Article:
A hangover is a physical and emotional reaction to drinking too much alcohol, usually due to binge drinking. If you have ever had one, you know they’re not a pleasant experience. Additionally, much has been said about how they progressively worsen. This article will explore the risk factors for severe hangovers and whether it is indeed true that they get worse with age.

Factors That Influence An Hangover

Due to our genetic expression everybody metabolizes alcohol differently, so everyone will react differently to the same amount of alcohol. However, some risk factors may lead to a stronger hangover.

These are the most significant factors:

  • Not eating before drinking: the lack of food speeds up the absorption of alcohol.
  • Using other drugs while drinking: combining drugs may lead to a more potent hangover. Also, it increases the risk of overdosing on certain medications such as sleeping pills like Ambien.
  • Poor sleep: combining binge drinking with poor sleep will lead to a stronger hangover the following day.
  • A family history of alcoholism: a family history of alcoholism may hint at a genetic predisposition for poor alcohol processing.
  • Having darker-colored drinks: darker alcoholic beverages tend to have more congeners, byproducts of the alcohol fermentation process. Congeners are more likely to lead to a stronger hangover.

With these risk factors in mind, let’s explore why hangovers may worsen over time.

Do Hangovers Get Worse With Age?

There may be evidence for and against hangovers getting worse over time. For example, a study on nearly 800 Dutch people indicates hangovers improve over time. In addition, the researcher concluded that “hangover severity declines with age,” even after controlling for the amount of alcohol consumed and estimated blood alcohol concentration. 

Some reasons hangovers may feel worse when they may not be worse include:

  • Changes in our body’s water absorption over time affect how alcohol is processed.
  • We may not clearly remember how bad our past hangovers were.
  • Having less free time and more responsibilities interrupts our recovery, making us perceive the hangover is more severe.

That said, there are undeniable reasons why hangovers may get worse over time. Specific biological processes for alcohol processing become less effective with age. Our kidneys, for example, become less effective at clearing creatinine, a waste product.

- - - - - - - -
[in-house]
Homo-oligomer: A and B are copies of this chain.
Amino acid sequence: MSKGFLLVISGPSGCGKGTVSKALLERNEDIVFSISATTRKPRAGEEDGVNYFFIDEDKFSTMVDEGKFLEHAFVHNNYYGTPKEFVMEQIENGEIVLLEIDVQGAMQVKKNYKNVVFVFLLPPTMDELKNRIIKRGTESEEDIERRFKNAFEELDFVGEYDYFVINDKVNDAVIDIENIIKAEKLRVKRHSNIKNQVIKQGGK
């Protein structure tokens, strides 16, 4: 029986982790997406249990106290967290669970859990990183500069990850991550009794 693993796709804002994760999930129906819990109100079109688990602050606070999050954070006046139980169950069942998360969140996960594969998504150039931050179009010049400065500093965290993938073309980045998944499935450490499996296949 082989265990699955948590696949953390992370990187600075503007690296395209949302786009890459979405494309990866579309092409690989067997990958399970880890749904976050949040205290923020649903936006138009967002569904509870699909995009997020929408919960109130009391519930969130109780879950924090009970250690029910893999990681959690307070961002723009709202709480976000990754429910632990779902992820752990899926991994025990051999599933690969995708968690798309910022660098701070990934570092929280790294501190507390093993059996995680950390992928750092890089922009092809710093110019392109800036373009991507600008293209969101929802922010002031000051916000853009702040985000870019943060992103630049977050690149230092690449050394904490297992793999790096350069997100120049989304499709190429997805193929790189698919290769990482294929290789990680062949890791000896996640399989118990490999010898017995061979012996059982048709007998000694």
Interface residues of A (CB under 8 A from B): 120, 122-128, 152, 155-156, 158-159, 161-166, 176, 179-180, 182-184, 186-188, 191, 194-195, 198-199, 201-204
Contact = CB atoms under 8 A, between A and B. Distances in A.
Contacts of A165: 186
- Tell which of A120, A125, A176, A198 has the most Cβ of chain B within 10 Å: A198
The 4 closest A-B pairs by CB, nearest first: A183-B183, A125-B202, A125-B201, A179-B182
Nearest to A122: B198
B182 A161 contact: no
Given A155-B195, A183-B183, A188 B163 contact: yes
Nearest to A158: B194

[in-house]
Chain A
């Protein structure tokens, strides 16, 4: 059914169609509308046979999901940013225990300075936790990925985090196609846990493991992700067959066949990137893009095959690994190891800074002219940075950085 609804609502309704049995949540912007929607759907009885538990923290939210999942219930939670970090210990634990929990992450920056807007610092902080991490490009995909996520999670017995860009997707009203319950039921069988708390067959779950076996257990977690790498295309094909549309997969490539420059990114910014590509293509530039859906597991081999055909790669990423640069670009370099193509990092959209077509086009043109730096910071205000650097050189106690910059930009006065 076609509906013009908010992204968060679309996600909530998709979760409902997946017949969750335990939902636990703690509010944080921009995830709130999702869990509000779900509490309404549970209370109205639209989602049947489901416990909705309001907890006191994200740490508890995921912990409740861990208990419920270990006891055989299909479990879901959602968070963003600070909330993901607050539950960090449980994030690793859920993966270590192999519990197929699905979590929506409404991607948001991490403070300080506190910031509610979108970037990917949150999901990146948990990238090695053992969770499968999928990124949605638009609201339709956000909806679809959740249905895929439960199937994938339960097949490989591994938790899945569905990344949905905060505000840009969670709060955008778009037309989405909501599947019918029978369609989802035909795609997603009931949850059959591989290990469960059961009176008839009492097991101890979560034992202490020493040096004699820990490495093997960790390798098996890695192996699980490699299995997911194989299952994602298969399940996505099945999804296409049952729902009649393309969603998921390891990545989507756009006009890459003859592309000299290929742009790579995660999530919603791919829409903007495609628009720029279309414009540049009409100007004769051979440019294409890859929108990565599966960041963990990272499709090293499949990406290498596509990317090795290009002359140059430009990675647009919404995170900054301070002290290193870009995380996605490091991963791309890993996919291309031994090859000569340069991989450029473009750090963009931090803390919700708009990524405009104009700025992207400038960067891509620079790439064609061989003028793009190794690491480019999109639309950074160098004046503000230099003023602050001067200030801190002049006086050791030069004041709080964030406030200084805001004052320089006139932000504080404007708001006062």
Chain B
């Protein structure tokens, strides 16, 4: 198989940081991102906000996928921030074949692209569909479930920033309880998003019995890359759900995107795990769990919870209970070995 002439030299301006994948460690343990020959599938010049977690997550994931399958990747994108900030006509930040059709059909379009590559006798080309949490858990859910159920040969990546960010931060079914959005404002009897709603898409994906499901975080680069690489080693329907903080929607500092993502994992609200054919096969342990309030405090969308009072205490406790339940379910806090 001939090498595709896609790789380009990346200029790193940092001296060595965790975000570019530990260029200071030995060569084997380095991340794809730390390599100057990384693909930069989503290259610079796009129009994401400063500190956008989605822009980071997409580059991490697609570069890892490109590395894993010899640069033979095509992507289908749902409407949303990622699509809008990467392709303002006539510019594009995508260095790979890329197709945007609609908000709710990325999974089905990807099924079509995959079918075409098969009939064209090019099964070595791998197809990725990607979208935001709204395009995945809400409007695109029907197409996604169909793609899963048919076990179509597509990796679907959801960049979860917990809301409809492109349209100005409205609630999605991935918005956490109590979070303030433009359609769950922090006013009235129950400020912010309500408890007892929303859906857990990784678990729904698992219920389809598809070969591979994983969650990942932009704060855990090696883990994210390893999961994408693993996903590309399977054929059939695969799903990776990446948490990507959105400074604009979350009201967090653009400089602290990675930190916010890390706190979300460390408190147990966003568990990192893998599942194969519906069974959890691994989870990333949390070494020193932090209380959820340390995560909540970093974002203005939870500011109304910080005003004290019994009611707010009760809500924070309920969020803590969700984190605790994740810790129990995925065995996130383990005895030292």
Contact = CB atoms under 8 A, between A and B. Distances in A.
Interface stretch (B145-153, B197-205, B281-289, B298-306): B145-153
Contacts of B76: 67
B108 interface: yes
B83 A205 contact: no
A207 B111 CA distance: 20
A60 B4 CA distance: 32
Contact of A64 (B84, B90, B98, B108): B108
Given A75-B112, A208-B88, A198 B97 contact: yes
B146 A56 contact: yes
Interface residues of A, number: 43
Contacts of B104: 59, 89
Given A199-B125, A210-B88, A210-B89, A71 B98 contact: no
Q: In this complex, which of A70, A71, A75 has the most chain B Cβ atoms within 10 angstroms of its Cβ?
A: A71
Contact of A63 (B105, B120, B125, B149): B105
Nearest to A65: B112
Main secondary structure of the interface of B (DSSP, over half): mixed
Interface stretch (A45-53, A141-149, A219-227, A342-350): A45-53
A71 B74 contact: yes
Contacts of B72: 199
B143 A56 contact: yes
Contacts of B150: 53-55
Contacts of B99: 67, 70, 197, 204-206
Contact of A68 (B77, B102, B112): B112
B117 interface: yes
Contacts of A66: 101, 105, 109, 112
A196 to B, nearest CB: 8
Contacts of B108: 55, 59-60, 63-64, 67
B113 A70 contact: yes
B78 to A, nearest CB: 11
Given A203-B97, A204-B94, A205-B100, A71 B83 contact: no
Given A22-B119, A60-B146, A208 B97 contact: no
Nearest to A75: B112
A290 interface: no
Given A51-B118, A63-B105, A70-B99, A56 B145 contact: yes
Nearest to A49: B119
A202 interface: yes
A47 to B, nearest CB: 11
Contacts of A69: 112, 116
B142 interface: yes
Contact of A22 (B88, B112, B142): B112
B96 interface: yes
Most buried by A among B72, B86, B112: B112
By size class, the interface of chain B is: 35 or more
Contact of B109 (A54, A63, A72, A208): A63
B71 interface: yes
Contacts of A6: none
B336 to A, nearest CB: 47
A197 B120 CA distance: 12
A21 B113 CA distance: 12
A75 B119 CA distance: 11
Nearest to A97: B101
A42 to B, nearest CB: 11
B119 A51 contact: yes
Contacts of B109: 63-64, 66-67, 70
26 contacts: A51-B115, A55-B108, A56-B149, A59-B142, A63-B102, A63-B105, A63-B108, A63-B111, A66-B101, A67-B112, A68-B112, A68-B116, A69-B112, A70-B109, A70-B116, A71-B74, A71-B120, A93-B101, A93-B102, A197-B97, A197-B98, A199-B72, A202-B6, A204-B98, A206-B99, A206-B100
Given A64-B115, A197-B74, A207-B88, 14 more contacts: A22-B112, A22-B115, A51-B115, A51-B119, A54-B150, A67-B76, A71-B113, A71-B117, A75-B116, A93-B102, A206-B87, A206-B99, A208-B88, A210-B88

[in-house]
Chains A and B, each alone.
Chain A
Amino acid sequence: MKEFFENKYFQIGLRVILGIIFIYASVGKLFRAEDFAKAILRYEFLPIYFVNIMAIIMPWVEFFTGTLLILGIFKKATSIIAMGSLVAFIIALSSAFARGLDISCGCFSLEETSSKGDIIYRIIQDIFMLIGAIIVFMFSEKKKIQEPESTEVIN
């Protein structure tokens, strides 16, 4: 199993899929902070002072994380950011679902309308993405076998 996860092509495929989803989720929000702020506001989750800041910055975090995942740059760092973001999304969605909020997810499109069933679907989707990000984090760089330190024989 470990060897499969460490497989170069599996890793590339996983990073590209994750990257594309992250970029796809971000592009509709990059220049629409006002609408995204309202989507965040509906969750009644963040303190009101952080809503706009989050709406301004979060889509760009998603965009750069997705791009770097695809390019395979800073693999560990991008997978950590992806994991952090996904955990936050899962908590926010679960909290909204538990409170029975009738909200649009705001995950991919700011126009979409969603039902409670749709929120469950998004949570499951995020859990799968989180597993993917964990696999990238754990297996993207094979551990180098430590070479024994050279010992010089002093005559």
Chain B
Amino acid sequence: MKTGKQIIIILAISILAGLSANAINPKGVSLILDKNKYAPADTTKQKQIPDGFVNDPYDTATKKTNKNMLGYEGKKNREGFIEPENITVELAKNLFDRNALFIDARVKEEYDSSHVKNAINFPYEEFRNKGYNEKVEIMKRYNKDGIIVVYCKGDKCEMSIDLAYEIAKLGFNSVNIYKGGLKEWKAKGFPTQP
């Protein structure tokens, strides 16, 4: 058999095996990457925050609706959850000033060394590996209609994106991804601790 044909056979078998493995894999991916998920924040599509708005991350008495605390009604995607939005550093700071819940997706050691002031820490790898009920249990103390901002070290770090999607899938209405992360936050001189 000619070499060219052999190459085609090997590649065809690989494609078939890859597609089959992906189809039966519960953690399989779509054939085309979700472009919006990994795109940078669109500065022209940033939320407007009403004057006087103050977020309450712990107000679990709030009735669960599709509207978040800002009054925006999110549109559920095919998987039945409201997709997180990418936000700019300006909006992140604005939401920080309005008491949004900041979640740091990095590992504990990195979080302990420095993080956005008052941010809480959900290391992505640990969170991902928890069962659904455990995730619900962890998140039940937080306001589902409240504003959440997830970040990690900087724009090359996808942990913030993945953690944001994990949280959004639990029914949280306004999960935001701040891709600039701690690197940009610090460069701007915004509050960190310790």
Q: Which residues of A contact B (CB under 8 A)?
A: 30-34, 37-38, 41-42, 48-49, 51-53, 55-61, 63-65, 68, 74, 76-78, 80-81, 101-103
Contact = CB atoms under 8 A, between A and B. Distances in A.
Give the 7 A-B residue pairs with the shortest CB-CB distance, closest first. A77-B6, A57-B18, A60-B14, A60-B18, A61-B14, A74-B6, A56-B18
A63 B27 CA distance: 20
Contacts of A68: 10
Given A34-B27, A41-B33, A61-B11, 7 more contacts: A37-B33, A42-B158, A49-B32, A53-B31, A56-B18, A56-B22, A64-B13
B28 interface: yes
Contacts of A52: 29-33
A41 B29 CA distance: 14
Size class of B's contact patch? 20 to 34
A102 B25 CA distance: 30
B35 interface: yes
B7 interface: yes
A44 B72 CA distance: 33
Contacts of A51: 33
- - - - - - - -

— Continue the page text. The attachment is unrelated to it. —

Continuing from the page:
Our liver’s capabilities also decrease. The liver is our bodies’ primary detoxifier, and its capabilities to process alcohol do get worse over time. So if a man in his 60s drinks the same amount he used to drink in his 20s, it’s likely that he’ll suffer from a slower processing time and a more severe hangover. 

The more efficient and extensive blood flow of a younger body and higher tissue sensitivity reduce the severity of hangovers.

Finally, there are two more factors. One is that as we age, more comorbidities tend to appear, meaning that we tend to suffer more simultaneous illnesses. Certain illnesses may affect our relationship with alcohol, but so may the medications we take to manage those illnesses. And as we mentioned before, certain drugs do not mix well with alcohol.

The last factor to consider is “subjective intoxication” or “subjective response to alcohol,” one of the most significant experts has identified. Regardless of your tolerance level, if you drink more than you usually do, your likelihood of suffering a hangover, and a more severe one at that, increases.

A combination of subjectively high amounts of alcohol and decreased organ function may lead to worse hangovers over time. 

Ultimately, hangovers are complex, and there is evidence that they get more severe as we age for various reasons. Therefore, considering all the factors we’ve discussed here when evaluating the severity of our current and future hangovers is essential.

But naturally, the best way to avoid their side effects is to avoid drinking enough for hangovers to appear or take steps to minimize their severity.

How To Minimize The Severity Of Hangovers?

There are multiple ways to make hangovers less severe. The most effective methods include:

  • Eat and stay hydrated before drinking.
  • Drink water or soft drinks while you consume alcohol.
  • Avoid downing shots too eagerly.
  • In the morning, eat a substantial breakfast and hydrate abundantly.
  • Set a drinking limit and stick to it.
  • Aim for no more than one drink per hour.

Hangovers are inevitable if you drink enough. However, your body can only process so much at once, so establishing a moderate drinking pace and only drinking what you can handle are good strategies to practice. Combined, they reduce the severity of hangovers and may even avoid them altogether.

The Bottom Line

There’s evidence to suggest that hangovers get worse with age, and there are multiple factors. 

However, if the problem comes down to excessive drinking, you need to work on that above everything else. If that’s the case for you, seek treatment options for alcoholism before it gets out of hand.